Mykonos is quiet, for now. Photo: Athanasios Gioumpasis/Getty Images

Greek Prime Minister Kyriakos Mitsotakis makes it sound pretty simple.

What he's saying: Asked this week how his country had avoided a major COVID-19 outbreak, he said: "It was obvious to me after talking to our public health experts that we would be moving into some sort of lockdown. I chose to do it earlier rather than later."

  • Mitsotakis also noted that he’d taken a backseat to the nation's chief epidemiologist, who held nightly press conferences and issued guidance closely followed by a population that had previously shown little trust in government or expertise.

The good news: "Social trust is very important," Mitsotakis said. "We had lost it in Greece for many years, and this pandemic was an opportunity out of the blue to recover it."

The bad news: "One risk I see is to be a victim of our own success,” Mitsotakis said, noting that people were growing more “complacent.”

  • Another risk is his decision to reopen for tourism (which accounts for 20% of the Greek economy) beginning July 1.
  • Tourists from countries with well-contained outbreaks will be invited first. Americans will have to wait a while longer.

What to watch: Mitsotakis said he believed countries like his that adopted lockdowns early, despite the economic pain, would ultimately recover faster economically than those who waited until their outbreaks had grown more severe.

Go deeper... Paradise and the pandemic: The outlook for summer travel

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Obama at Biden fundraiser: "I am here to say help is on the way"

Screenshot: Biden campaign virtual fundraiser

Former President Barack Obama said at a virtual fundraiser for Joe Biden Tuesday night that “help is on the way” and urged supporters not to be complacent in thinking their work is close to being finished: "Whatever you’ve done so far is not enough."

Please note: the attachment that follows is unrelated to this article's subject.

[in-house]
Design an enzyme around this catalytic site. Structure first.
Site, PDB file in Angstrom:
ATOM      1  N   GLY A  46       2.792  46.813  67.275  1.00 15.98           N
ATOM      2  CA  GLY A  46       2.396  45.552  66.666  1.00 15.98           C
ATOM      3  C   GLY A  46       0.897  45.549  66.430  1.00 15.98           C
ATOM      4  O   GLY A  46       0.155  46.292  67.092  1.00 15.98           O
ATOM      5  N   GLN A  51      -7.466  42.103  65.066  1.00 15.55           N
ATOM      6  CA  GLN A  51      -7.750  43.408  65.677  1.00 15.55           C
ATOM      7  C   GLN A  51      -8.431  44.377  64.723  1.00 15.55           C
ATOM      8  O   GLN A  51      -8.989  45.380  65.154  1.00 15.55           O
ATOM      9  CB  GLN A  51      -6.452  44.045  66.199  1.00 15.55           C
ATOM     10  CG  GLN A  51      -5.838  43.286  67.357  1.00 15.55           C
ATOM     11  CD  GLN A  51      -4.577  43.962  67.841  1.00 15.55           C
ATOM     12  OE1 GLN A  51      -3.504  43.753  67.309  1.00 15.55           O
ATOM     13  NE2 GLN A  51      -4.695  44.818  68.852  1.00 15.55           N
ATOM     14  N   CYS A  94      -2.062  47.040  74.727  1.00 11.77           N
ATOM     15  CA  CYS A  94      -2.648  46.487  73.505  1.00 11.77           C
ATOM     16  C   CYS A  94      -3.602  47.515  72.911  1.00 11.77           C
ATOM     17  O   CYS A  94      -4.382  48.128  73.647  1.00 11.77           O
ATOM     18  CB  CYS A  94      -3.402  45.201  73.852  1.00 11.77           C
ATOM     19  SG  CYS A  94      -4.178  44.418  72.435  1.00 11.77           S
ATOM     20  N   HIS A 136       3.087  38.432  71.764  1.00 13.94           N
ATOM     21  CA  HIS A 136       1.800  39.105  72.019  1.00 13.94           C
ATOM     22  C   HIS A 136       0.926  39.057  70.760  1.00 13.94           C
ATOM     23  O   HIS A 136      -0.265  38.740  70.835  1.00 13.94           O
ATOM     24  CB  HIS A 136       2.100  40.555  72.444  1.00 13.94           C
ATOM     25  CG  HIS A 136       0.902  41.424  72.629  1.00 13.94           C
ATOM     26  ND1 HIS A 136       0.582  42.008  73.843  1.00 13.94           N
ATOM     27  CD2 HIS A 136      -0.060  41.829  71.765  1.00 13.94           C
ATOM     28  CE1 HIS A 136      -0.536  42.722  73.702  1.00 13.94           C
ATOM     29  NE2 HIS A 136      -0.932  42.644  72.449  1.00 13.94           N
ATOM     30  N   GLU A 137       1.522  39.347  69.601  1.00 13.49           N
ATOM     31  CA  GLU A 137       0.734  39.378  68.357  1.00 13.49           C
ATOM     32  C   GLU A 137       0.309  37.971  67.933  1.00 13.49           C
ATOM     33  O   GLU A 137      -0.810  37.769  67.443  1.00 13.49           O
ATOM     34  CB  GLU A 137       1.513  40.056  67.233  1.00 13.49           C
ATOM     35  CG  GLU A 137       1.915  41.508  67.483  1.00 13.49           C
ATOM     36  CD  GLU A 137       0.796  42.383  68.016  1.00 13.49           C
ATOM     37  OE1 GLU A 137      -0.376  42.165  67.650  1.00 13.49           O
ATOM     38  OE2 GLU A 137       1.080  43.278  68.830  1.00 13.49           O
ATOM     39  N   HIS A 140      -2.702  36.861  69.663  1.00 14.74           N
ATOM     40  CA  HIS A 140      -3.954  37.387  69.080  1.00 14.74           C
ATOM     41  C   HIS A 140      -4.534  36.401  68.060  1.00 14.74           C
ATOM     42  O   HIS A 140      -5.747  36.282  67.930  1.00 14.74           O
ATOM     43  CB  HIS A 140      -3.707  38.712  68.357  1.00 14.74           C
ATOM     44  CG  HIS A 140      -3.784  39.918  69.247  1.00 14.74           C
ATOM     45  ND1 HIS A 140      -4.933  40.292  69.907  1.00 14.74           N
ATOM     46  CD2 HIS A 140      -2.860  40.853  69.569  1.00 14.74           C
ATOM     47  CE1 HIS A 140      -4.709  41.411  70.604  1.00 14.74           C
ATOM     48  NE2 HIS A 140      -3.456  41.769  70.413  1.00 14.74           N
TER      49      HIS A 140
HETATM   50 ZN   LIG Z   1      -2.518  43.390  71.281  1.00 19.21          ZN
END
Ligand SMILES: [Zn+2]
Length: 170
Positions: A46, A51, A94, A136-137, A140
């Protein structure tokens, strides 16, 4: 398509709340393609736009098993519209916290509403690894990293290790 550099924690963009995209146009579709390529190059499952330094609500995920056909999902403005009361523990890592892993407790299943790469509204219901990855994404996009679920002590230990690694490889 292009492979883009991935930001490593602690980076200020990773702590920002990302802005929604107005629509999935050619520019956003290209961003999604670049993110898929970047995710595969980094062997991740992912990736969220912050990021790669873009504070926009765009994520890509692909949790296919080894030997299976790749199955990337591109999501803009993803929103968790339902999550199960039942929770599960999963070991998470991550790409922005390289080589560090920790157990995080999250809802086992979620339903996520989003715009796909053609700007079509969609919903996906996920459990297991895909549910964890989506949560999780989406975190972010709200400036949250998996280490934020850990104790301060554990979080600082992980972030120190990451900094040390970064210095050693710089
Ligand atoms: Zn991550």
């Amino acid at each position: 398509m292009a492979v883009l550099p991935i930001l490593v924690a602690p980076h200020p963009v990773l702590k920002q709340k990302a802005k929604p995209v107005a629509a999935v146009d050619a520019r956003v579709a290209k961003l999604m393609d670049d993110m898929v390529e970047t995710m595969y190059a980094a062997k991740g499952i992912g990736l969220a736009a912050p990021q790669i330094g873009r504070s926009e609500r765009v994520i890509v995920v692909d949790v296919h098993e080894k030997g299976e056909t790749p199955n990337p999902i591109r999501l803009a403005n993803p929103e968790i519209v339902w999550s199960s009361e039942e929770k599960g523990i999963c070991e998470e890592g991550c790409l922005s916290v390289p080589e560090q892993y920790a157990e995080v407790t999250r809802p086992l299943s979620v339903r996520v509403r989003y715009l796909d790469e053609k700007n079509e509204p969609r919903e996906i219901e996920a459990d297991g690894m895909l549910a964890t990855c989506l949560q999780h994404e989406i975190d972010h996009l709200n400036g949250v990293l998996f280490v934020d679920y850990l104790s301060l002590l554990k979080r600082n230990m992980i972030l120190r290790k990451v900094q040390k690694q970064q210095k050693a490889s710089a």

Why it matters: Organizers said it's the Biden campaign's largest fundraiser yet, bringing in $7.6 million from over 175,000 people. It's expected to be the first of several joint efforts with Biden in the months leading up to the election.

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Illustration: Sarah Grillo/Axios

Even while still living in the midst of the coronavirus pandemic, we're starting to see the long-term effects of lost schooling, curtailed travel and shuttered businesses.

Why it matters: The U.S. will see some $7.9 trillion in lost economic growth through this decade, according to the Congressional Budget Office. The World Bank, meanwhile, predicts global gross domestic product will shrink by 5.2% in 2020 alone — nearly three times as much as the 2009 recession.

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World coronavirus updates

Data: The Center for Systems Science and Engineering at Johns Hopkins; Map: Axios Visuals

Hong Kong's secondary schools, primary schools and kindergartens will close on Monday, education secretary Kevin Yeung announced Friday.

What's happening: Hong Kong reported 147 new coronavirus infections over the past week, the Financial Times reports. 88 of those infections were reportedly locally transmitted.